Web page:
Mon, Nov 05, 2001 - Page 17 News List

Tech firms may need to reorganize


Japan's battered technology companies must restructure soon and innovate like never before to stand a chance of surviving the global economic slowdown, analysts say.

"Those that can successfully carry out reforms will likely form a winning group and those that can't will be left as losers," said Okasan Securities Co Ltd analyst Koichi Fujimoto. "Many companies have announced job cuts but few have touched on business reorganization."

In the past two weeks, the giants of Japan's electronics industry, from top semiconductor maker NEC Corp to consumer electronics leader Sony Corp have all announced massive interim losses and offered grim full year forecasts as the worldwide slump in demand for technology eats into business.

"Over the next two years we will see some perform better and some perform less, it depends on what they do in hard restructuring," said Goldman Sachs technology analyst Ikuo Matsuhashi.

"It is likely we will see spin-offs as they trim their portfolios and improve efficiencies."

NEC, along with rivals Toshiba Corp, Fujitsu Ltd and Hitachi Ltd groaned as weak demand amid a global economic slump aggravated by the Sept. 11 terrorist attacks in the US hit half year earnings and pressured forecasts to March.

"Our semiconductor businesses were battered seriously. This slump is not a mere cyclical one but a structural problem," Shigeo Matsumoto, executive director of NEC, said after the firm suffered a first half net loss of ?29.9 billion (US$249 million), against a ?20.5 billion profit last year.

"We are experiencing unprecedented business conditions," agreed Toshiba president Tadashi Okamura as the computer and electronics firm incurred a net loss to September of ?123.1 billion, reversing a net gain of ?53.9 billion a year earlier.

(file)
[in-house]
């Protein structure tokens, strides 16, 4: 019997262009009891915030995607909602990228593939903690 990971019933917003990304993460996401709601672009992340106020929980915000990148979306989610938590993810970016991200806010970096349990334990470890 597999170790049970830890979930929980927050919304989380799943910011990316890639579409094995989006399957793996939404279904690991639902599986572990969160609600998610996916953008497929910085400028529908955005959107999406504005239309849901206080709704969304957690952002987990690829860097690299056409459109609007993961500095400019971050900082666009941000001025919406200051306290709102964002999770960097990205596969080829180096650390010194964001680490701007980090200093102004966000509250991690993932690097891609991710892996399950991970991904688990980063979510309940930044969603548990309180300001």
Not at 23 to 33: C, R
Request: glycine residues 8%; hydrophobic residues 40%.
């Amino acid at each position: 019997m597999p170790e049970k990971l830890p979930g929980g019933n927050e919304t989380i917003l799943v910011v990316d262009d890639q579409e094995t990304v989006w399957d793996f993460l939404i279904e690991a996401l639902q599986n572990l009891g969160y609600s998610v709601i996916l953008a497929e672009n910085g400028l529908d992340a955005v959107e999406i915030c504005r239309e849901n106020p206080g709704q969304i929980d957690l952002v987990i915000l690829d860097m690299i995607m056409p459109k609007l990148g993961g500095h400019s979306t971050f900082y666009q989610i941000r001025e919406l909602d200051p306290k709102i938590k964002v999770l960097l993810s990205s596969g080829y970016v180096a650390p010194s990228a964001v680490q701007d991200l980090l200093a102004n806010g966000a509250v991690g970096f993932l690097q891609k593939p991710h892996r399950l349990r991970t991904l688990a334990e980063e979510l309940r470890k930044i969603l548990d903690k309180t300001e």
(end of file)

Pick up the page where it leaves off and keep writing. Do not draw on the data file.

Hitachi and leading computer maker Fujitsu's balance sheets were also blotted with negative numbers, and all four firms forecast deep net losses for the full year ranging from ?150 billion expected by NEC to ?310 billion projected by Fujitsu.

The tech slump also hammered earnings at electronics appliance makers such as Sony and Matsushita Electric Industrial Co Ltd. This sector is directly exposed to the chilling impact on consumer spending of the terror blitz in the US, which would further pressure profitablity, analysts said.

"We will see the effect of the terrorist attacks this Christmas season, and in the second half [to March]," said Masahiro Ono, consumer electronics analyst for UBS Warburg.

"There seem to be very few `killer applications' so the next period's upside won't be very big."

Worldwide demand for Sony's electronics goods slipped in April-September, with sales in the US and Europe down around 10 percent from a year earlier, the firm said as it posted a net loss of ?43.3 billion in the first half to September.

"Sony is going to face tough times from here on," Ono said.

"Up to now, the firm has had a really strong brand and grew because of it, but as the market gets tighter, because of their relatively high prices, they might take a hit."

Sony still aims to push a ?10 billion profit for year to March, unlike archrival Matsushita, better known through its Panasonic and National brands, which cut its full year forecast to a net loss of ?265 billion from a gain of ?57 billion.

The nation's major electronics firms all attached greater urgency to restructuring plans involving combined job cuts of over 100,000 as well as branch closures, but analysts feel rationalization alone won't cure the technology blues.

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